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O'Keefe v. State

Court of Appeals of Indiana

December 27, 2019

Shane E. O'Keefe, Appellant-Defendant,
State of Indiana, Appellee-Plaintiff

          Appeal from the Vanderburgh Circuit Court The Honorable David D. Kiely, Judge Trial Court Cause No. 82C01-1807-F4-4879

          ATTORNEY FOR APPELLANT Cara Schaefer Wieneke Wieneke Law Office, LLC Brooklyn, Indiana

          ATTORNEYS FOR APPELLEE Curtis T. Hill, Jr. Attorney General Samuel J. Dayton Deputy Attorney General Indianapolis, Indiana

          CRONE, JUDGE.

         Case Summary

         [¶1] Shane E. O'Keefe appeals his convictions, following a bench trial, for level 4 felony possession of methamphetamine and class C misdemeanor possession of paraphernalia.[1] He asserts that the trial court abused its discretion in admitting evidence obtained as a result of the patdown search of his person during a valid traffic stop. He claims that the search violated his rights under the Fourth Amendment to the United States Constitution.[2] Finding no constitutional violation, and therefore no abuse of discretion, we affirm.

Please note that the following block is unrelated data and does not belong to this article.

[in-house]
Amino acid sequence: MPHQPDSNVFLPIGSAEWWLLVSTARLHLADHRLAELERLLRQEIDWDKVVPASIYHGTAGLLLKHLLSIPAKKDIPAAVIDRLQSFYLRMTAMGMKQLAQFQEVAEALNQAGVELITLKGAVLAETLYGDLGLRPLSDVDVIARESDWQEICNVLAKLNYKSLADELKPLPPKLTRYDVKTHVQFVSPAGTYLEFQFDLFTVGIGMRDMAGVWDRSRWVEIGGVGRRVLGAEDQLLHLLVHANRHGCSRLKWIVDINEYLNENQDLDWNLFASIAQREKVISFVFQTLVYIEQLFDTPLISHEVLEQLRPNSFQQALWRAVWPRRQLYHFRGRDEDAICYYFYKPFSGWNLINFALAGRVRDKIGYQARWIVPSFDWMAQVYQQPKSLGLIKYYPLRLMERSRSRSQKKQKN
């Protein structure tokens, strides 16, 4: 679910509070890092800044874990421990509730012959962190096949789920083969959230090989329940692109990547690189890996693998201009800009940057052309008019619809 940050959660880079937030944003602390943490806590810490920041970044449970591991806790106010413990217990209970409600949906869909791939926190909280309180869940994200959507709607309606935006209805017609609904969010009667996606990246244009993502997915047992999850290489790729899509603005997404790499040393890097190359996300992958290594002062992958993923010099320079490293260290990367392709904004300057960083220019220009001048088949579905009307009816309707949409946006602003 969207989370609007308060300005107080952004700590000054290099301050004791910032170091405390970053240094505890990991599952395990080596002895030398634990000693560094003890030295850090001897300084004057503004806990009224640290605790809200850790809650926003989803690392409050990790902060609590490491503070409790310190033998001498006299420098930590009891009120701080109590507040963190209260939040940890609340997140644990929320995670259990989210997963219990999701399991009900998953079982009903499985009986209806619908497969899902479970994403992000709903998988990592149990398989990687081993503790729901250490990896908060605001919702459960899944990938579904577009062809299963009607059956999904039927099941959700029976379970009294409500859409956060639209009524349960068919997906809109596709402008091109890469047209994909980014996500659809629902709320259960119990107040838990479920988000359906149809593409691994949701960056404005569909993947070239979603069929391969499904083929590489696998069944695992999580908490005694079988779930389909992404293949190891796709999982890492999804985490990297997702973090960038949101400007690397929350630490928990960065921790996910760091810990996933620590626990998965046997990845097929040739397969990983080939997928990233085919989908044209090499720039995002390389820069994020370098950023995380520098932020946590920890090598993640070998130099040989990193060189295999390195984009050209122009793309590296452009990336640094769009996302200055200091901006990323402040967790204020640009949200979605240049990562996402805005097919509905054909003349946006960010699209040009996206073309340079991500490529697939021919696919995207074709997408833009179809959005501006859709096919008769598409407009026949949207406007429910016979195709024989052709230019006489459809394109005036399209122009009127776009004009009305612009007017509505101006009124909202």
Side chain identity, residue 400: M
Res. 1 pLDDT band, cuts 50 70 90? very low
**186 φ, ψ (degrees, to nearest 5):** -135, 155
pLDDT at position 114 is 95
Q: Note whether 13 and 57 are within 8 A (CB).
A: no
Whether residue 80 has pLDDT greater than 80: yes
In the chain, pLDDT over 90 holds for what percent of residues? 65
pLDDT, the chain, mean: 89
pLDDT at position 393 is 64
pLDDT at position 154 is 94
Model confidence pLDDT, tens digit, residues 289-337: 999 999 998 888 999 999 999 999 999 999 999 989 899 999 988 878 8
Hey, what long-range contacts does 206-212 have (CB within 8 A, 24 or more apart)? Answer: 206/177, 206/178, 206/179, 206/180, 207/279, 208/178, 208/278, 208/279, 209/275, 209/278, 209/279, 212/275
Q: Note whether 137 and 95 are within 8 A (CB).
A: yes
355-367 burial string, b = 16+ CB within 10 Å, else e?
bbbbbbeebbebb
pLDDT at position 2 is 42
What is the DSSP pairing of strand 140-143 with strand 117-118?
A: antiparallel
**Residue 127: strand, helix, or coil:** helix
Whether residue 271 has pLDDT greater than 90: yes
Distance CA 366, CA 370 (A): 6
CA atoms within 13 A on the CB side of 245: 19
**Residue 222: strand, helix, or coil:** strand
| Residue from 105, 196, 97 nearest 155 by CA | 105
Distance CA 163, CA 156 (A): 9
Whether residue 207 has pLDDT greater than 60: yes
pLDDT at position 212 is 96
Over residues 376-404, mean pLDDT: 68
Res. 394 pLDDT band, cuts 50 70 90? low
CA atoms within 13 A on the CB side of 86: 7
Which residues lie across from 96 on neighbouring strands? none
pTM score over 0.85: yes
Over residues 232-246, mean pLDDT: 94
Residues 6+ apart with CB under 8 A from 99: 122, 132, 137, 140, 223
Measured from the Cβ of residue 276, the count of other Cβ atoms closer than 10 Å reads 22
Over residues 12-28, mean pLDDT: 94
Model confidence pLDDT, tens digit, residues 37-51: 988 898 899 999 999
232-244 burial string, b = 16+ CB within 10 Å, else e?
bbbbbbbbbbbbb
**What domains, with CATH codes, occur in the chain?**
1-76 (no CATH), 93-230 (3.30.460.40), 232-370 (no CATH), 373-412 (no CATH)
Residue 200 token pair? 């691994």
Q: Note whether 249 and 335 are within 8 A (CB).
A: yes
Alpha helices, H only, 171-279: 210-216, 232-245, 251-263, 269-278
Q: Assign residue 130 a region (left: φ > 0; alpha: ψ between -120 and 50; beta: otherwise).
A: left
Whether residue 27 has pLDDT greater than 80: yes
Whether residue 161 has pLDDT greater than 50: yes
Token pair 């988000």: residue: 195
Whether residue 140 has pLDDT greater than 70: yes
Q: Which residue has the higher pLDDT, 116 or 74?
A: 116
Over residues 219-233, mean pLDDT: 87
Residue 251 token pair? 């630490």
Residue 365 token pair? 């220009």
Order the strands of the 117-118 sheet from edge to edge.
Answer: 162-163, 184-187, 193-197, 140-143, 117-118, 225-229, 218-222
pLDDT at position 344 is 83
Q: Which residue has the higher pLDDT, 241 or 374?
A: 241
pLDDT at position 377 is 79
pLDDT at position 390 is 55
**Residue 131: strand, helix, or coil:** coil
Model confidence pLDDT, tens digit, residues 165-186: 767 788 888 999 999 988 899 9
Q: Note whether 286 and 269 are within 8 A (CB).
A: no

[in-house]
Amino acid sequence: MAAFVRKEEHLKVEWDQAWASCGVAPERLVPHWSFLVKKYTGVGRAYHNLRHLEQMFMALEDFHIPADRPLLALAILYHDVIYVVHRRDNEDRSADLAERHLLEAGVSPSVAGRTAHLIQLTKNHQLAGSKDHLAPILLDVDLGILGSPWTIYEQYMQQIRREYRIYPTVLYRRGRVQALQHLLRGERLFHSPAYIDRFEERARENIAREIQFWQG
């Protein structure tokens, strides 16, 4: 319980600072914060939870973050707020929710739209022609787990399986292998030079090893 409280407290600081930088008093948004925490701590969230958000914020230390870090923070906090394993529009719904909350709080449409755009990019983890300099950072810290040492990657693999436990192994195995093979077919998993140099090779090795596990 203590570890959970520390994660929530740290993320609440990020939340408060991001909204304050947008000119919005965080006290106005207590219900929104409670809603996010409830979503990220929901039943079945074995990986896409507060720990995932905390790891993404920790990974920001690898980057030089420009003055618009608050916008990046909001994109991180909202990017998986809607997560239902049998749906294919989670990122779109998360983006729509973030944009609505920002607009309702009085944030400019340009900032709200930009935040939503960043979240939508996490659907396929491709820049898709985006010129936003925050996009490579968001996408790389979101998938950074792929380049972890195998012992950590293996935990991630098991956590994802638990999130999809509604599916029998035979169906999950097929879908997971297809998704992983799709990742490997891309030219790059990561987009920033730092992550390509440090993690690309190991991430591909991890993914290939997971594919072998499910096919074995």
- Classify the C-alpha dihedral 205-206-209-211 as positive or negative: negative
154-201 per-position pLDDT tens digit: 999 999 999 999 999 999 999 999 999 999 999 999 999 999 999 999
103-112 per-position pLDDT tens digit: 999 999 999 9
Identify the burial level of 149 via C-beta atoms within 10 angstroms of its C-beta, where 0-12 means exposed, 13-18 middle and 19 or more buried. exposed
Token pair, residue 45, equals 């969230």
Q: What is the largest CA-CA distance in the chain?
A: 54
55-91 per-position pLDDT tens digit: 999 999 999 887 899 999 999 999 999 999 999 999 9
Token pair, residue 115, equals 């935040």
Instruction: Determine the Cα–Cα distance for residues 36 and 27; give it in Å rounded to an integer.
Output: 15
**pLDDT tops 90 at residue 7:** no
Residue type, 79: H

Facts and Procedural History

         [¶2] On July 16, 2018, Lieutenant Brent Hoover of the Evansville Police Department was traveling eastbound on Diamond Avenue in a fully marked patrol vehicle. He observed a black Harley Davidson motorcycle with two occupants traveling with no visible license plate. Lieutenant Hoover activated his emergency lights and sirens and initiated a traffic stop of the motorcycle. At the time of the stop, Lieutenant Hoover was off duty and was not wearing his police uniform.

         [¶3] The motorcycle was being operated by O'Keefe, and a female passenger, Megan Schmitt, was with him. When Lieutenant Hoover approached O'Keefe and Schmitt, he observed that Schmitt was extremely nervous. Lieutenant Hoover also observed a large knife bag attached to the motorcycle and observed that the motorcycle appeared to be freshly painted. Lieutenant Hoover took custody of the knife attached to the motorcycle and asked O'Keefe if he had any other weapons.[3] O'Keefe stated that he did not.